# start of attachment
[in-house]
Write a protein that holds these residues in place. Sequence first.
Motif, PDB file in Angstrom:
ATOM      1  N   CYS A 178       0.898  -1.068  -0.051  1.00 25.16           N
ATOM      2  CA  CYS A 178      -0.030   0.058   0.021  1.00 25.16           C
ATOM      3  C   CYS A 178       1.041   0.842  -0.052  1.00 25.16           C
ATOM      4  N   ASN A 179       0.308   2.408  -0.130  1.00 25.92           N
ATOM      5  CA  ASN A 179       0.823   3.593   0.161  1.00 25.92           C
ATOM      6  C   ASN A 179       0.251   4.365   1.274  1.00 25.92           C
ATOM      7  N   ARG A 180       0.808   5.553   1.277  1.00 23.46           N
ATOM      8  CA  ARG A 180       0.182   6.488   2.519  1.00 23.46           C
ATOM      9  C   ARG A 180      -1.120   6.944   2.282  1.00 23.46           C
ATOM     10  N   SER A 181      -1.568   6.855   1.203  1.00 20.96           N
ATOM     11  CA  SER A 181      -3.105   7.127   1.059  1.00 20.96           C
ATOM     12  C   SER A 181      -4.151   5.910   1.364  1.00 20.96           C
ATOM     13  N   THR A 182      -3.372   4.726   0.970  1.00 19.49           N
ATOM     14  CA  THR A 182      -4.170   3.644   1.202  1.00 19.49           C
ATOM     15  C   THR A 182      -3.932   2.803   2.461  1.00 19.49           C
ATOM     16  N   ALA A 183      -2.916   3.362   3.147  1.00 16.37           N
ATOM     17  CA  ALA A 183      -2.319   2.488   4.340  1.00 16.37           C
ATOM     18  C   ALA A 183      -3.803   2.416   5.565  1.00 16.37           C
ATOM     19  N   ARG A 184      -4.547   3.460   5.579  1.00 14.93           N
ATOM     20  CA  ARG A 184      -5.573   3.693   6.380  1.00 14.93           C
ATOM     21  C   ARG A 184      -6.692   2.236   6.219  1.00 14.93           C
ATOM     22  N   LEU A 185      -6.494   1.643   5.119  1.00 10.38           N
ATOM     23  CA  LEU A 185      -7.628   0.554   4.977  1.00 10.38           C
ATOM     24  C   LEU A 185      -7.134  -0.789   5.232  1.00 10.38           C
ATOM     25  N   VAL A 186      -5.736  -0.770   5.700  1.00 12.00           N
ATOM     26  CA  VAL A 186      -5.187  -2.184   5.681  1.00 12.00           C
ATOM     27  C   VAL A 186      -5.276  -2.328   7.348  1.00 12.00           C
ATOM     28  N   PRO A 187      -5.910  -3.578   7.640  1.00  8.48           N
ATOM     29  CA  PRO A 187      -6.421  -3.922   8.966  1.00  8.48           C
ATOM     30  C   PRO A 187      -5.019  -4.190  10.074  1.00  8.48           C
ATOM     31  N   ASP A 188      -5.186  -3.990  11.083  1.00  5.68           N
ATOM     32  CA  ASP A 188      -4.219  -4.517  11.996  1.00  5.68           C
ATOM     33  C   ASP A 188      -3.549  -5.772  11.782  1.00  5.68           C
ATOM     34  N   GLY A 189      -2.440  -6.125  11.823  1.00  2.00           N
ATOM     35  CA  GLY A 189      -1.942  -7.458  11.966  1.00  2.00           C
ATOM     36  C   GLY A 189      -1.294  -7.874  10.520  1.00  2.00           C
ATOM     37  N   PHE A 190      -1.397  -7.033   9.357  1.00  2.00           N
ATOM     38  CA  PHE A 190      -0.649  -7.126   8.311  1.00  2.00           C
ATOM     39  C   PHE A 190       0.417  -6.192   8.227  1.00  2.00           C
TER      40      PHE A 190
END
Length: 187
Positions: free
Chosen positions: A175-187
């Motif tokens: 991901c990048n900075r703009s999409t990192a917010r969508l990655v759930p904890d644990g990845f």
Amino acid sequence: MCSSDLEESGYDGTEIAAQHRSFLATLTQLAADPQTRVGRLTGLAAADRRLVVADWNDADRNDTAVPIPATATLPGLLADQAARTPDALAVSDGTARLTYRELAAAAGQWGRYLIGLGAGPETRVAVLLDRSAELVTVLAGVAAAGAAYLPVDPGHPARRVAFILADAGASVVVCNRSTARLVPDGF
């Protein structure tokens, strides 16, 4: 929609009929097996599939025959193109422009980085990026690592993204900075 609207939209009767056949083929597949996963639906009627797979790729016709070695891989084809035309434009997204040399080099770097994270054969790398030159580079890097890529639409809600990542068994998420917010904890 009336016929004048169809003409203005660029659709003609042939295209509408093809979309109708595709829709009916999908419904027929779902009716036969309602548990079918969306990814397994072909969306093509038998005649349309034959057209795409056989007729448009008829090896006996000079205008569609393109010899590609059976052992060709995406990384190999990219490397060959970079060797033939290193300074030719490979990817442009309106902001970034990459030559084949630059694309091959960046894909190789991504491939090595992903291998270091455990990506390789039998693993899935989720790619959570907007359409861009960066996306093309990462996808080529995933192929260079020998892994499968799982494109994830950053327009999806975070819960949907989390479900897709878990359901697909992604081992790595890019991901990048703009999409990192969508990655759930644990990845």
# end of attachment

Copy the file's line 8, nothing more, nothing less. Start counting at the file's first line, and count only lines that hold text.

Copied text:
ATOM      5  CA  ASN A 179       0.823   3.593   0.161  1.00 25.92           C